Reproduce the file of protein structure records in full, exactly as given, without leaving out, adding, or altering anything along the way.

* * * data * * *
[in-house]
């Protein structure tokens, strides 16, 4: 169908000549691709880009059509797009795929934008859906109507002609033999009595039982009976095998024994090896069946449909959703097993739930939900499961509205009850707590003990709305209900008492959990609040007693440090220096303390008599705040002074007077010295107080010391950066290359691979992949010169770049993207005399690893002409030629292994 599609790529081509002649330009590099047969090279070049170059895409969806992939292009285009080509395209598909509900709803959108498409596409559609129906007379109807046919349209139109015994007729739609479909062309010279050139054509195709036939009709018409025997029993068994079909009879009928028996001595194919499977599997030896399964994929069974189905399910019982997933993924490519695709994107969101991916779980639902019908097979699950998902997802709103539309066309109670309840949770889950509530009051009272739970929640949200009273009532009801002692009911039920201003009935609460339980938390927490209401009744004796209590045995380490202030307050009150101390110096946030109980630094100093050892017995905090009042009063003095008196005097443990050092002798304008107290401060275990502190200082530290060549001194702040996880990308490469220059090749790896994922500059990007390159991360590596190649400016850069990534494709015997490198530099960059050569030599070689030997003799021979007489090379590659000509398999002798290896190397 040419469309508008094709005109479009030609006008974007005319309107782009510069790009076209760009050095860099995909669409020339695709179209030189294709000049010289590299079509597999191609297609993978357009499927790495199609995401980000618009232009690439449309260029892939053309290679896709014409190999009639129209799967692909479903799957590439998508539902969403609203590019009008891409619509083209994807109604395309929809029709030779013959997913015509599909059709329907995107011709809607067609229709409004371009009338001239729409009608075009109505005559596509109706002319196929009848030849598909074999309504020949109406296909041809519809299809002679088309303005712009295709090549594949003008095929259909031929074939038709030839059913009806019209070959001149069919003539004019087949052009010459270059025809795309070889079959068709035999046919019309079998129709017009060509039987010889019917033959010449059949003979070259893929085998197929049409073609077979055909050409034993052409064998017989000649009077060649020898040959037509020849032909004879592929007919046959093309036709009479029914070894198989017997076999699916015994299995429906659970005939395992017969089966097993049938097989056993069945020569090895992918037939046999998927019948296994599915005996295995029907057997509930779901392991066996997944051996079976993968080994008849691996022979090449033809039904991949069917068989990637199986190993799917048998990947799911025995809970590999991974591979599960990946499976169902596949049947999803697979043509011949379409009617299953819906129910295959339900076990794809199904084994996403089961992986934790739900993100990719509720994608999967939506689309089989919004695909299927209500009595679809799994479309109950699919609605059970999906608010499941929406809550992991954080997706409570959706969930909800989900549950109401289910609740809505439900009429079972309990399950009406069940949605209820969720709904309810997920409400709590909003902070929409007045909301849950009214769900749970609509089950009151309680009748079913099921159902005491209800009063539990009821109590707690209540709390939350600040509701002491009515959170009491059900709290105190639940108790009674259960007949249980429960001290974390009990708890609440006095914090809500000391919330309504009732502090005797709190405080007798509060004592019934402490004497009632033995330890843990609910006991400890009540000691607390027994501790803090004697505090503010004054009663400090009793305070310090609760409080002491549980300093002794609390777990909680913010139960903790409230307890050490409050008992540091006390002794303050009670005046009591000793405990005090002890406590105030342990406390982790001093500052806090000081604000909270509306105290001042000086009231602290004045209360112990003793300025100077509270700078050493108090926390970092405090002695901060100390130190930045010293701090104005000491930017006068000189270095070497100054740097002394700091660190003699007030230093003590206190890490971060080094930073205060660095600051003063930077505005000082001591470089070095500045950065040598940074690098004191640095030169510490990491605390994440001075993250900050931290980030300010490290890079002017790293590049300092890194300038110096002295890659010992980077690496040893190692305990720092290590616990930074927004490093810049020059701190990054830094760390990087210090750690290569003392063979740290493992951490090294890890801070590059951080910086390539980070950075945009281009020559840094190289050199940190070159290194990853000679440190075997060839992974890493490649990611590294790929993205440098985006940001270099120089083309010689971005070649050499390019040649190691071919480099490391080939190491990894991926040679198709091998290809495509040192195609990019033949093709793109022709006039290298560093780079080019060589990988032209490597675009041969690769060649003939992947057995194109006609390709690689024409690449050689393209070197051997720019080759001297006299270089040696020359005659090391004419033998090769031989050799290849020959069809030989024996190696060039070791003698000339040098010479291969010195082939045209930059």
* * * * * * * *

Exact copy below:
[in-house]
């Protein structure tokens, strides 16, 4: 169908000549691709880009059509797009795929934008859906109507002609033999009595039982009976095998024994090896069946449909959703097993739930939900499961509205009850707590003990709305209900008492959990609040007693440090220096303390008599705040002074007077010295107080010391950066290359691979992949010169770049993207005399690893002409030629292994 599609790529081509002649330009590099047969090279070049170059895409969806992939292009285009080509395209598909509900709803959108498409596409559609129906007379109807046919349209139109015994007729739609479909062309010279050139054509195709036939009709018409025997029993068994079909009879009928028996001595194919499977599997030896399964994929069974189905399910019982997933993924490519695709994107969101991916779980639902019908097979699950998902997802709103539309066309109670309840949770889950509530009051009272739970929640949200009273009532009801002692009911039920201003009935609460339980938390927490209401009744004796209590045995380490202030307050009150101390110096946030109980630094100093050892017995905090009042009063003095008196005097443990050092002798304008107290401060275990502190200082530290060549001194702040996880990308490469220059090749790896994922500059990007390159991360590596190649400016850069990534494709015997490198530099960059050569030599070689030997003799021979007489090379590659000509398999002798290896190397 040419469309508008094709005109479009030609006008974007005319309107782009510069790009076209760009050095860099995909669409020339695709179209030189294709000049010289590299079509597999191609297609993978357009499927790495199609995401980000618009232009690439449309260029892939053309290679896709014409190999009639129209799967692909479903799957590439998508539902969403609203590019009008891409619509083209994807109604395309929809029709030779013959997913015509599909059709329907995107011709809607067609229709409004371009009338001239729409009608075009109505005559596509109706002319196929009848030849598909074999309504020949109406296909041809519809299809002679088309303005712009295709090549594949003008095929259909031929074939038709030839059913009806019209070959001149069919003539004019087949052009010459270059025809795309070889079959068709035999046919019309079998129709017009060509039987010889019917033959010449059949003979070259893929085998197929049409073609077979055909050409034993052409064998017989000649009077060649020898040959037509020849032909004879592929007919046959093309036709009479029914070894198989017997076999699916015994299995429906659970005939395992017969089966097993049938097989056993069945020569090895992918037939046999998927019948296994599915005996295995029907057997509930779901392991066996997944051996079976993968080994008849691996022979090449033809039904991949069917068989990637199986190993799917048998990947799911025995809970590999991974591979599960990946499976169902596949049947999803697979043509011949379409009617299953819906129910295959339900076990794809199904084994996403089961992986934790739900993100990719509720994608999967939506689309089989919004695909299927209500009595679809799994479309109950699919609605059970999906608010499941929406809550992991954080997706409570959706969930909800989900549950109401289910609740809505439900009429079972309990399950009406069940949605209820969720709904309810997920409400709590909003902070929409007045909301849950009214769900749970609509089950009151309680009748079913099921159902005491209800009063539990009821109590707690209540709390939350600040509701002491009515959170009491059900709290105190639940108790009674259960007949249980429960001290974390009990708890609440006095914090809500000391919330309504009732502090005797709190405080007798509060004592019934402490004497009632033995330890843990609910006991400890009540000691607390027994501790803090004697505090503010004054009663400090009793305070310090609760409080002491549980300093002794609390777990909680913010139960903790409230307890050490409050008992540091006390002794303050009670005046009591000793405990005090002890406590105030342990406390982790001093500052806090000081604000909270509306105290001042000086009231602290004045209360112990003793300025100077509270700078050493108090926390970092405090002695901060100390130190930045010293701090104005000491930017006068000189270095070497100054740097002394700091660190003699007030230093003590206190890490971060080094930073205060660095600051003063930077505005000082001591470089070095500045950065040598940074690098004191640095030169510490990491605390994440001075993250900050931290980030300010490290890079002017790293590049300092890194300038110096002295890659010992980077690496040893190692305990720092290590616990930074927004490093810049020059701190990054830094760390990087210090750690290569003392063979740290493992951490090294890890801070590059951080910086390539980070950075945009281009020559840094190289050199940190070159290194990853000679440190075997060839992974890493490649990611590294790929993205440098985006940001270099120089083309010689971005070649050499390019040649190691071919480099490391080939190491990894991926040679198709091998290809495509040192195609990019033949093709793109022709006039290298560093780079080019060589990988032209490597675009041969690769060649003939992947057995194109006609390709690689024409690449050689393209070197051997720019080759001297006299270089040696020359005659090391004419033998090769031989050799290849020959069809030989024996190696060039070791003698000339040098010479291969010195082939045209930059």